Mike Masnick on Silicon Valley and Innovation

Mike Masnick, CEO of floor64 and founder of TechDirt, was in Edinburgh this week, and he talked to the Edinburgh e-club about Silicon Valley: why it is like it is, and how it got to be like that.

Mike showed figures that Silicon Valley received twice as much investment as the whole of New England, which itself received twice as much as the largest next investment area. This article shows the same: in 2004, Silicon Valley received $7.1bn in venture capital, New England $3.0bn and metropolitan New York $1.5bn. That is a huge amount of investment pouring into a tiny area.

He gave a potted history of Silicon Valley – the influence of Stanford University as it decided to commercialise academic research and profit from land it couldn’t sell (but could lease out); the founding of Hewlett-Packard in 1939 (in the obligatory garage – apparently you can now go on guided tours of the garage; that must make for a short visit!); the serial entrepreneurs in the 1950s and 1960s who designed silicon chips; the founding of Intel and Apple in the 1970s, Sun, Cisco and SGI in the 1980s and Google, Yahoo! and Netscape in the 1990s – all on the back of the flourishing technical community and enhanced by connections with Stanford and Berkeley who facilitated graduate students setting up businesses on the back of their research ideas.

Mike identified the key factors which he thought contributed to the flourishing of innovative businesses in the area:

  • the universities and their willingness to commercialise
  • early access to buyers – Disney were an early purchaser of electrical products (an early oscillator from HP being used to in the productions of Disney’s Fantasia, and the US military supported a lot of research through their bases in the Bay area
  • location – kind of tautological this – but with several firms springing up they were able to cross-fertilise each other, with staff moving from one business to another, sharing ideas and know-how, and helping to sort out each others’ problems.</li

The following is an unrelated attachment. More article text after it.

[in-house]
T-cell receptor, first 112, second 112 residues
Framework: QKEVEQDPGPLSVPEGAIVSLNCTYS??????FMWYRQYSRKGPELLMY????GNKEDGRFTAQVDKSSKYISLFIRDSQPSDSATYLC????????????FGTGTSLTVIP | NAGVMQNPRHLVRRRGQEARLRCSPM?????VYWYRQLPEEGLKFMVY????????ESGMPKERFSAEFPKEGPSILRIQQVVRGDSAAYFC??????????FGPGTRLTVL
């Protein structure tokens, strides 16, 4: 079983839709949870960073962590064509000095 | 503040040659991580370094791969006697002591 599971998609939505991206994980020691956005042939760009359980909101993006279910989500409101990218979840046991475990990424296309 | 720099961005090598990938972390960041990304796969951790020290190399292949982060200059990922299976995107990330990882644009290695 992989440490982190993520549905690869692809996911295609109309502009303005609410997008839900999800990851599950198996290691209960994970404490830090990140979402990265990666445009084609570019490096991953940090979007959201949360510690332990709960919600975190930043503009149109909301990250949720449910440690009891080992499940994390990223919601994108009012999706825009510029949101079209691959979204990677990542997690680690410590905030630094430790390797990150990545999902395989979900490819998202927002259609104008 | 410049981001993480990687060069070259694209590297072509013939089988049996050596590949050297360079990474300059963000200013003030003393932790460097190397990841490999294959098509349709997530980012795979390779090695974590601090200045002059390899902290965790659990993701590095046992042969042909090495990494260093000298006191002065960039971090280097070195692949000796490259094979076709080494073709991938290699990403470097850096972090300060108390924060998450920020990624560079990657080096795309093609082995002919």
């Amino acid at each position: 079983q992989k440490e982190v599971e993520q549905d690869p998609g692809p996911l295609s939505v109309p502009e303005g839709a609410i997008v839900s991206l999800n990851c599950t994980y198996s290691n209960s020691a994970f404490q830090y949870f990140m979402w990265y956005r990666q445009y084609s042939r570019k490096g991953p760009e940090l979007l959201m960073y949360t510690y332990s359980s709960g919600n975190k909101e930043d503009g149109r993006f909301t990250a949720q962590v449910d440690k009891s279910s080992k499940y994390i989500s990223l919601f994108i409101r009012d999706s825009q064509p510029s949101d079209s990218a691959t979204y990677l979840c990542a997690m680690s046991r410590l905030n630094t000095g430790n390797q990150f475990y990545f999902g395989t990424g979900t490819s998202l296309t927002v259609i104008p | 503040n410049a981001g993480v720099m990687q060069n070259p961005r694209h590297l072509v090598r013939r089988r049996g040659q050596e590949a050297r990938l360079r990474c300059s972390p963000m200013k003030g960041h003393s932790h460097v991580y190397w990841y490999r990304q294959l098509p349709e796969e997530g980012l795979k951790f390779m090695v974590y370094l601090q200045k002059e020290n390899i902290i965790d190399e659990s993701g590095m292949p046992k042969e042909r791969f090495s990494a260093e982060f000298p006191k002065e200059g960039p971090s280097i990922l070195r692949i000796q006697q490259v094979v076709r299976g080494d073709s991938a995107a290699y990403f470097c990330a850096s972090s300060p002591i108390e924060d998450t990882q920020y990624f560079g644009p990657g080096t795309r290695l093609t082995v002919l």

Which is fine, but as Mike pointed out, there are a lot of other places that have these factors. Around the world, development agencies have for years been spending money to create them. So what is it that Silicon Valley has or had that gave it the critical mass?

Mike came up with this list:

  • access to capital: the venture capital industry started out early in Silicon Valley, with both Kleiner Perkins Caulfield & Byers and Sequoia Capital being founded in 1972
  • a willingness to accept risk – failure is an option (failing to learn from failure is not, though!), leading to a culture of improvement – if you think there is a better way to do something, go and do it
  • most important in Mike’s view, though, was the willingness to share ideas, facilitated by…
  • high job mobility.

It was these last two that prompted a lot of discussion. California doesn’t enforce non-compete clauses in job contracts, which enables people to easily change job – unlike in other parts of the USA. So people move companies more, taking their knowledge and experience with them; but with so many other companies around, they don’t move far – instead, they build their networks. The proximity of former colleagues means there is a lot of exchanging ideas. Face-to-face contact – even in today’s wired world – is important because it promotes trust. Researchers share their ideas, not too worried about someone stealing the idea.

This of course goes against a lot of what is taught. In the popular TV show Dragons’ Den, for instance, they bang on about the need to protect intellectual property rights – patents and copyright. Mike was sounding positively anti-IP protection – because that stops the cross-fertilisation of ideas, which he sees as an essential part of innovation. (Similar ideas are described in Wikinomics.)

There was a fair bit of dissention to this idea – during questions, some people were saying that they would protect their idea at all cost. But Mike reckoned that the idea wasn’t the key thing: there are few unique ideas; instead, it is the implementation of the idea that is important – and sharing and discussing your ideas will help you hone them. Indeed, he reckoned that most ideas won’t work – but whilst you are trying to sort it out, you’ll have other ideas which will. (There was an article somewhere that supported this view – that a lot of innovation stems from people trying to sort out different problems and stumbling across another idea in the process – like the famous story of 3M’s Post It notes – but I can’t find it!)

I asked about the flow of venture capital in the current economic climate, and Mike reckoned that there was no shortage of capital for good ideas. Indeed, he thought that a reduction in capital and the consolidation of venture capital companies might actually be beneficial, reducing the possibility of bubbles around tech companies. What has changed is the structure of deals.

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